CS: I also wondered about the dwarves. In the previous movies, you had a way of turning full size actors into hobbits and you used some on-set trickery to do that, but here, you were shooting 3D and you had 12 dwarves played by 12 actors of different sizes. So wouldn’t that make every shot an FX shot because you had to make them look dwarfish?
Letteri: Yeah, for the most part. There were a couple of shots where you could just get away with putting Gandalf up on an apple box or having the dwarves down on their knees. As long as you maintained a fairly correct perspective spatially because stereo obviously picked up the difference, you can get away with that, but when you go wide or when the camera started moving, that’s when you really needed to go in and look at either rotoscoping Gandalf off of the plate and you scale him up and lock him back in 3D or you replace him with a 3D character all together, like a digital double, or you go with this dynamic forced perspective using synchronized motion control rigs.
What is it with all these British actors?! Why are they so good? Why do they have such amazing voices and characters? I don’t know, but hey, I don’t think I can complain about it.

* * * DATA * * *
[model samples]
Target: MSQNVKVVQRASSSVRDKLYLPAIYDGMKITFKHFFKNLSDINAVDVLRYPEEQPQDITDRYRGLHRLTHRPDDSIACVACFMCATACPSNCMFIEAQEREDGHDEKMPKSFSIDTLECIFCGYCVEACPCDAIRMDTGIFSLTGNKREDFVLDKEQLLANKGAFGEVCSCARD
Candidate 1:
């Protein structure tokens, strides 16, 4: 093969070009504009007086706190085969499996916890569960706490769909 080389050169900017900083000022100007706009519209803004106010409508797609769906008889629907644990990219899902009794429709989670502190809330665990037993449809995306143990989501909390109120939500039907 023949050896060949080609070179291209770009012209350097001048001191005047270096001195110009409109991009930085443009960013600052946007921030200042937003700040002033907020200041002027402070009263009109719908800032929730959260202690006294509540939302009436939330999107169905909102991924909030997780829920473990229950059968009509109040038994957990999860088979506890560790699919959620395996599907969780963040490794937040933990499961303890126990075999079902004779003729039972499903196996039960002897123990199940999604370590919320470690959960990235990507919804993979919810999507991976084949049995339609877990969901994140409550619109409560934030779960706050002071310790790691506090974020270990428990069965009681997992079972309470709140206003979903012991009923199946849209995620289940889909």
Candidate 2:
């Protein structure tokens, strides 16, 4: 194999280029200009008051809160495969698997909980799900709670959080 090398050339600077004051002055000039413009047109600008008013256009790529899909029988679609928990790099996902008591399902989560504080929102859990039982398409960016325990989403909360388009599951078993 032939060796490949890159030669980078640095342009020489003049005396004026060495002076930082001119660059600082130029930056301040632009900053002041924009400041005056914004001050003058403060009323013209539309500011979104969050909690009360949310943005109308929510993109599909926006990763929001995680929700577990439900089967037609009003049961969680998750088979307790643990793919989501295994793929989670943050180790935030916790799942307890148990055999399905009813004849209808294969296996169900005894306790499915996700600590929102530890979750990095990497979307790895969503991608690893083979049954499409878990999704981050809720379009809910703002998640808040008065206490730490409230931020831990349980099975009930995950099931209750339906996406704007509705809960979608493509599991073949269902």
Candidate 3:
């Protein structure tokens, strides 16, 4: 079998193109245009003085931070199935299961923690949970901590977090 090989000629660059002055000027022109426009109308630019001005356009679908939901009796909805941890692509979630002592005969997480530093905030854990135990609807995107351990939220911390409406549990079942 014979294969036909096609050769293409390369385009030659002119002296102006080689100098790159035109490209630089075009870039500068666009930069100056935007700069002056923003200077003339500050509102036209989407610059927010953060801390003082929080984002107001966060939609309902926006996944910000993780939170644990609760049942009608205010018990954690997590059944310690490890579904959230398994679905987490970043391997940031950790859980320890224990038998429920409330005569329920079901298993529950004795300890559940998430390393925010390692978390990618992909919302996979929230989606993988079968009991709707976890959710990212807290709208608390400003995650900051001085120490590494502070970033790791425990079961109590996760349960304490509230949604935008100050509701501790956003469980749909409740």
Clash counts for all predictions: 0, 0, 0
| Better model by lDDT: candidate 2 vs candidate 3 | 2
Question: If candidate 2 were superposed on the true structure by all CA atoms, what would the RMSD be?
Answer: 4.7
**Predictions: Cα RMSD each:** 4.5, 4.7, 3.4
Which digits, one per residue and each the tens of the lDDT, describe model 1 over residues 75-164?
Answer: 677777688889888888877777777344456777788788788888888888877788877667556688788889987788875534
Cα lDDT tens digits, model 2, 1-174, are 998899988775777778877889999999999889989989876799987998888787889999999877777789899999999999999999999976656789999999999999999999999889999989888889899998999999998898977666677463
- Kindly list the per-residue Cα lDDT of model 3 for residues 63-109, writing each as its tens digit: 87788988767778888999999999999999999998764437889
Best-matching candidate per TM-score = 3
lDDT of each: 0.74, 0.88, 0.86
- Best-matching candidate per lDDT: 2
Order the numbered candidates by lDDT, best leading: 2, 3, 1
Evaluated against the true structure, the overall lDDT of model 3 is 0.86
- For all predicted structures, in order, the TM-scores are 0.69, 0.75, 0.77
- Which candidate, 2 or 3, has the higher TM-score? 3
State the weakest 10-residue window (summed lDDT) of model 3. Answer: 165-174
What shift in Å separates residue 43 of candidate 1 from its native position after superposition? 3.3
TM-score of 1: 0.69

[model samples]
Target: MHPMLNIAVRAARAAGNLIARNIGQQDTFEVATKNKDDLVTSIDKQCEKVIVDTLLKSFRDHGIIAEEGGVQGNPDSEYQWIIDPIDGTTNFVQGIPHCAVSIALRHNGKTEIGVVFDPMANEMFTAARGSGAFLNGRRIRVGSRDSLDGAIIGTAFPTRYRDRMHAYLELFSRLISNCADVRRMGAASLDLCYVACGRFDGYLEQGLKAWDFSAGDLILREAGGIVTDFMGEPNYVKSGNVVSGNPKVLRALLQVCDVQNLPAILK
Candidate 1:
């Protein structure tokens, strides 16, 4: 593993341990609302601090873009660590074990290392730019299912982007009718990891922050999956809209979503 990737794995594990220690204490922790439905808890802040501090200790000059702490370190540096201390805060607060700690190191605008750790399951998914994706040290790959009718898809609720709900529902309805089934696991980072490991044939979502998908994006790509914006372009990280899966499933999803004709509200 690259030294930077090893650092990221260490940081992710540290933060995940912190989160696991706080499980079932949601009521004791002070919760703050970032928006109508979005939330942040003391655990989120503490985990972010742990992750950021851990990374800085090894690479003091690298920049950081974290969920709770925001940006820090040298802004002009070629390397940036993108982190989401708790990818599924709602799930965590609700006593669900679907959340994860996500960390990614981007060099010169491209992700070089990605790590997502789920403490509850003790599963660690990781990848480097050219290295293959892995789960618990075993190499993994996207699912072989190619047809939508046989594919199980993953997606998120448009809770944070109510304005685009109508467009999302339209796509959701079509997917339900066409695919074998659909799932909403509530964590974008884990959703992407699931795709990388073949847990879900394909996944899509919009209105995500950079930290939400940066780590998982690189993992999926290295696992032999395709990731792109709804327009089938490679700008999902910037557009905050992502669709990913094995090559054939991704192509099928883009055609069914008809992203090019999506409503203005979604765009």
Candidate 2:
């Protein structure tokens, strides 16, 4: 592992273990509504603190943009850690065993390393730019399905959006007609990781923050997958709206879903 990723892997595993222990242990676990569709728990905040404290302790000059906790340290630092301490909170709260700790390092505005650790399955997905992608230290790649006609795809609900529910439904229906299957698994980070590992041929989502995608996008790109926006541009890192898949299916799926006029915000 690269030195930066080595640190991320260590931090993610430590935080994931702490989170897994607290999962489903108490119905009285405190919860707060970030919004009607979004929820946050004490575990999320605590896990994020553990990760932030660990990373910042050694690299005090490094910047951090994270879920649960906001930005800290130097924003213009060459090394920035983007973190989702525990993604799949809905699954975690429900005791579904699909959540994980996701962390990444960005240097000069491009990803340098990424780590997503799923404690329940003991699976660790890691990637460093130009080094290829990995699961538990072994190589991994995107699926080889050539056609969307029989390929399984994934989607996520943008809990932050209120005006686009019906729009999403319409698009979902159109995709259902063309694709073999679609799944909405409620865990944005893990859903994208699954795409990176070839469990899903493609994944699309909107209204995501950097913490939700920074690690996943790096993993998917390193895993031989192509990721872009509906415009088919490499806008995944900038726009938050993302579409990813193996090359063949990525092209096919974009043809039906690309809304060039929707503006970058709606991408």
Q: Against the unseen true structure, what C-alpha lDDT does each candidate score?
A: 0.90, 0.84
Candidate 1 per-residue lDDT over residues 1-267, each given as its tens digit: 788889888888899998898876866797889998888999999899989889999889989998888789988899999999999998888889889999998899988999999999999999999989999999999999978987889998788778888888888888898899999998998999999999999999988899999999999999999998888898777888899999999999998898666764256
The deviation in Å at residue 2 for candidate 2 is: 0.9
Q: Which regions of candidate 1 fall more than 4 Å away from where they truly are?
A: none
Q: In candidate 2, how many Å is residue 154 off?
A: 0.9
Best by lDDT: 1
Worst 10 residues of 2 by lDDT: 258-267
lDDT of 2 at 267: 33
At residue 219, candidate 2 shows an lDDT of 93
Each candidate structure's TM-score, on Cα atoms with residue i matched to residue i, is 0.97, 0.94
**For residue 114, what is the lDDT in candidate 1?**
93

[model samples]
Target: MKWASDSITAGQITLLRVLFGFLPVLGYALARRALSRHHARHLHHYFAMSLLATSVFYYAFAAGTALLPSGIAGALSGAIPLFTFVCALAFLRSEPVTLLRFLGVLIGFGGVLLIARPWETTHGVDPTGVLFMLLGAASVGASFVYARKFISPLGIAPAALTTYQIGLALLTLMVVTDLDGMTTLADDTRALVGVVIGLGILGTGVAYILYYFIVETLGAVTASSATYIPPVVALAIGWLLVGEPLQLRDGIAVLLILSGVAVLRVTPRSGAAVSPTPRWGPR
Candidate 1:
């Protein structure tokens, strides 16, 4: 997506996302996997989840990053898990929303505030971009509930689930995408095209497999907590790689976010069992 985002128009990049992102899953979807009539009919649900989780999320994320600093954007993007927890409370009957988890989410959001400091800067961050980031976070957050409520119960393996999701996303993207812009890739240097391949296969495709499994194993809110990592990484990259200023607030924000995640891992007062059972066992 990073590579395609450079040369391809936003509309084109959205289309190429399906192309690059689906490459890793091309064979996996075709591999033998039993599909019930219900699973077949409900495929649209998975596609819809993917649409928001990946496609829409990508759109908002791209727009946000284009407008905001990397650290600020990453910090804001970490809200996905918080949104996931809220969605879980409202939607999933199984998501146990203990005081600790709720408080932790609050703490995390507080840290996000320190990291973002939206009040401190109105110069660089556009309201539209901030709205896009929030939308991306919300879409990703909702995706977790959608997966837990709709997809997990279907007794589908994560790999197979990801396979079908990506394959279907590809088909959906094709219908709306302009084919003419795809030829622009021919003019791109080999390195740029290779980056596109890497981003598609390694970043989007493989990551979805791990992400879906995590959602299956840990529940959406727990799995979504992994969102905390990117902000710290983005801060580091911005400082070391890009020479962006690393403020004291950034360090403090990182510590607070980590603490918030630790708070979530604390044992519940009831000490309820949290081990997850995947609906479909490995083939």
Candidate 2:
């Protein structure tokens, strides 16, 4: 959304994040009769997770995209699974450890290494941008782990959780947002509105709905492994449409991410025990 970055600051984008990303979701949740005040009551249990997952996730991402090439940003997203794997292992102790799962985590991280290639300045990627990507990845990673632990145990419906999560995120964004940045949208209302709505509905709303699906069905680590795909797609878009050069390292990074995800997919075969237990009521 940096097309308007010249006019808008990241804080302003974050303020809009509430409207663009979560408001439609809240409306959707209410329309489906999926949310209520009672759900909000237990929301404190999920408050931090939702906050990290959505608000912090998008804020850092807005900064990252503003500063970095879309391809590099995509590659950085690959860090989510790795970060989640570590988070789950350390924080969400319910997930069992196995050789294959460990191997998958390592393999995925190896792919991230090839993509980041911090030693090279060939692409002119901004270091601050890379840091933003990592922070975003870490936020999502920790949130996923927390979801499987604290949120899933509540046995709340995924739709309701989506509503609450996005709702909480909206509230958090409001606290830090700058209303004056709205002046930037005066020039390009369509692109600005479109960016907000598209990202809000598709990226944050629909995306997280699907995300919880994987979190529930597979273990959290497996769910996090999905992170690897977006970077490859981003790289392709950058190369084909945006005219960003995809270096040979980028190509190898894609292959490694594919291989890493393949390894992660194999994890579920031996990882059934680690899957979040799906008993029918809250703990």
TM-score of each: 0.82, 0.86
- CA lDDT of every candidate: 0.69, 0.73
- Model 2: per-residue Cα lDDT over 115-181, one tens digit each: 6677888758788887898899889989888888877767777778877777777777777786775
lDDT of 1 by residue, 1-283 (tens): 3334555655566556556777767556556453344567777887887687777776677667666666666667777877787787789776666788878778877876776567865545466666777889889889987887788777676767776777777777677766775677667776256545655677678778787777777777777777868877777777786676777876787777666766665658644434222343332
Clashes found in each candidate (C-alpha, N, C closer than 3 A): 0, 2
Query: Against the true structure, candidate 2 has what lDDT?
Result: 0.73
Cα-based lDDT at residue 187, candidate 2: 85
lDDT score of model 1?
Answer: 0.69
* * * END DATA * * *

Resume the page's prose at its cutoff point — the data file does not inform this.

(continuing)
Now, I’m not saying there aren’t amazing actors in other parts of the world. We definitely had some great ones that have graced the screen about 10 or so years ago in the little film trilogy, The Lord of the Rings. Viggo Mortenson, Elijah Wood, Sean Astin, and Liv Tyler are all from the U.S. The lovely Cate Blanchett is from Australia. Billy Boyd is from Scotland. All great actors who played their parts quite well.
But still, there’s just something about those Brits. Which brings me to the casting of 2 characters of the upcoming film, The Hobbit. First off, we have Martin Freeman, whose credits include a number of comedies such as Love Actually, Shaun of the Dead, Hot Fuzz, and my personal favorite of his, The Hitchhiker’s Guide to the Galaxy. In case you didn’t know already, Martin will be playing the lead, Bilbo Baggins.